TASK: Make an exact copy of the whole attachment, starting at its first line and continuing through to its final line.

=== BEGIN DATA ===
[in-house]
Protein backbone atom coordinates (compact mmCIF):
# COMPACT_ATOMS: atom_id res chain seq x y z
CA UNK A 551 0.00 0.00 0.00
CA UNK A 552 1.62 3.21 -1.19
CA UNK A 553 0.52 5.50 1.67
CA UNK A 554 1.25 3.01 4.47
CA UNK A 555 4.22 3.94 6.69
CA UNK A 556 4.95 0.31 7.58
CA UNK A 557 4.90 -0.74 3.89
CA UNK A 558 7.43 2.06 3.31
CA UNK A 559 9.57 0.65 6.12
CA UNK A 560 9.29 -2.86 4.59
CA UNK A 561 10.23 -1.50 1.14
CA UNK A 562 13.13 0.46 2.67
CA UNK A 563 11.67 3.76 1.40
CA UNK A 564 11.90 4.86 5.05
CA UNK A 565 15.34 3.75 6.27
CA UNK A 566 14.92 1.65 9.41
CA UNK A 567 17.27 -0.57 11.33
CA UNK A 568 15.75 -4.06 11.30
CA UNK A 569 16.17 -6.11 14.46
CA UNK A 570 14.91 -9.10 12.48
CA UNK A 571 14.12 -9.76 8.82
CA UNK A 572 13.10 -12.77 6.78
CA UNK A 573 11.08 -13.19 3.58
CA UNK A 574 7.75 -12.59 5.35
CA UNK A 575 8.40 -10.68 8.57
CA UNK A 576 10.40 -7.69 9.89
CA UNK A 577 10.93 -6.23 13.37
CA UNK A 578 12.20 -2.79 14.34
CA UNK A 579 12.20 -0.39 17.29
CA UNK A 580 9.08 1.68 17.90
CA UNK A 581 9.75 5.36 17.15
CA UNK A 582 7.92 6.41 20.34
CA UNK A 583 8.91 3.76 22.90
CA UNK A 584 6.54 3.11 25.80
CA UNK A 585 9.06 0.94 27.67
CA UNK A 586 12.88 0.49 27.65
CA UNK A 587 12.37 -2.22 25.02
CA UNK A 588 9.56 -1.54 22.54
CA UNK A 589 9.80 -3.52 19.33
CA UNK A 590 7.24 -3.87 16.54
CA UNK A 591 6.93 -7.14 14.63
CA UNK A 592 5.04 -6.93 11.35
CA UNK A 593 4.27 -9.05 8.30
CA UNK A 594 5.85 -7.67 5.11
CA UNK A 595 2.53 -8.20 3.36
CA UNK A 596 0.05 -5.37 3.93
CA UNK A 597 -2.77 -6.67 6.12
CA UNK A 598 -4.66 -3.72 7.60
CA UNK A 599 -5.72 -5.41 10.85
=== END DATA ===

[in-house]
Protein backbone atom coordinates (compact mmCIF):
# COMPACT_ATOMS: atom_id res chain seq x y z
CA UNK A 551 0.00 0.00 0.00
CA UNK A 552 1.62 3.21 -1.19
CA UNK A 553 0.52 5.50 1.67
CA UNK A 554 1.25 3.01 4.47
CA UNK A 555 4.22 3.94 6.69
CA UNK A 556 4.95 0.31 7.58
CA UNK A 557 4.90 -0.74 3.89
CA UNK A 558 7.43 2.06 3.31
CA UNK A 559 9.57 0.65 6.12
CA UNK A 560 9.29 -2.86 4.59
CA UNK A 561 10.23 -1.50 1.14
CA UNK A 562 13.13 0.46 2.67
CA UNK A 563 11.67 3.76 1.40
CA UNK A 564 11.90 4.86 5.05
CA UNK A 565 15.34 3.75 6.27
CA UNK A 566 14.92 1.65 9.41
CA UNK A 567 17.27 -0.57 11.33
CA UNK A 568 15.75 -4.06 11.30
CA UNK A 569 16.17 -6.11 14.46
CA UNK A 570 14.91 -9.10 12.48
CA UNK A 571 14.12 -9.76 8.82
CA UNK A 572 13.10 -12.77 6.78
CA UNK A 573 11.08 -13.19 3.58
CA UNK A 574 7.75 -12.59 5.35
CA UNK A 575 8.40 -10.68 8.57
CA UNK A 576 10.40 -7.69 9.89
CA UNK A 577 10.93 -6.23 13.37
CA UNK A 578 12.20 -2.79 14.34
CA UNK A 579 12.20 -0.39 17.29
CA UNK A 580 9.08 1.68 17.90
CA UNK A 581 9.75 5.36 17.15
CA UNK A 582 7.92 6.41 20.34
CA UNK A 583 8.91 3.76 22.90
CA UNK A 584 6.54 3.11 25.80
CA UNK A 585 9.06 0.94 27.67
CA UNK A 586 12.88 0.49 27.65
CA UNK A 587 12.37 -2.22 25.02
CA UNK A 588 9.56 -1.54 22.54
CA UNK A 589 9.80 -3.52 19.33
CA UNK A 590 7.24 -3.87 16.54
CA UNK A 591 6.93 -7.14 14.63
CA UNK A 592 5.04 -6.93 11.35
CA UNK A 593 4.27 -9.05 8.30
CA UNK A 594 5.85 -7.67 5.11
CA UNK A 595 2.53 -8.20 3.36
CA UNK A 596 0.05 -5.37 3.93
CA UNK A 597 -2.77 -6.67 6.12
CA UNK A 598 -4.66 -3.72 7.60
CA UNK A 599 -5.72 -5.41 10.85